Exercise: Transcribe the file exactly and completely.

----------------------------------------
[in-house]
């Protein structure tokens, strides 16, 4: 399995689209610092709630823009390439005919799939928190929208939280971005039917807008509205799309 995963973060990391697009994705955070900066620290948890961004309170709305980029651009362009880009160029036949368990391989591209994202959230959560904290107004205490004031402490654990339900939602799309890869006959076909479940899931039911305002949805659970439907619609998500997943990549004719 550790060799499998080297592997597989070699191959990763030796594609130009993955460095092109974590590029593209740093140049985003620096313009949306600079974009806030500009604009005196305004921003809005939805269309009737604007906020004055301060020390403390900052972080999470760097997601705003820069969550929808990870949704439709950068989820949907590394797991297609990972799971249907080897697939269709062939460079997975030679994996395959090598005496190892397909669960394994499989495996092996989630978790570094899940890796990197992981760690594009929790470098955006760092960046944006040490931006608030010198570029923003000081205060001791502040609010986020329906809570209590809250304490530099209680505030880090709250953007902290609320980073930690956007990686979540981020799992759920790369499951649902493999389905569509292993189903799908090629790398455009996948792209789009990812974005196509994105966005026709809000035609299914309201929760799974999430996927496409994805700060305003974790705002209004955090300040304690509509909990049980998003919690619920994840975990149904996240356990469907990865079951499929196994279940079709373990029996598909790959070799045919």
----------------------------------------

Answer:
[in-house]
């Protein structure tokens, strides 16, 4: 399995689209610092709630823009390439005919799939928190929208939280971005039917807008509205799309 995963973060990391697009994705955070900066620290948890961004309170709305980029651009362009880009160029036949368990391989591209994202959230959560904290107004205490004031402490654990339900939602799309890869006959076909479940899931039911305002949805659970439907619609998500997943990549004719 550790060799499998080297592997597989070699191959990763030796594609130009993955460095092109974590590029593209740093140049985003620096313009949306600079974009806030500009604009005196305004921003809005939805269309009737604007906020004055301060020390403390900052972080999470760097997601705003820069969550929808990870949704439709950068989820949907590394797991297609990972799971249907080897697939269709062939460079997975030679994996395959090598005496190892397909669960394994499989495996092996989630978790570094899940890796990197992981760690594009929790470098955006760092960046944006040490931006608030010198570029923003000081205060001791502040609010986020329906809570209590809250304490530099209680505030880090709250953007902290609320980073930690956007990686979540981020799992759920790369499951649902493999389905569509292993189903799908090629790398455009996948792209789009990812974005196509994105966005026709809000035609299914309201929760799974999430996927496409994805700060305003974790705002209004955090300040304690509509909990049980998003919690619920994840975990149904996240356990469907990865079951499929196994279940079709373990029996598909790959070799045919």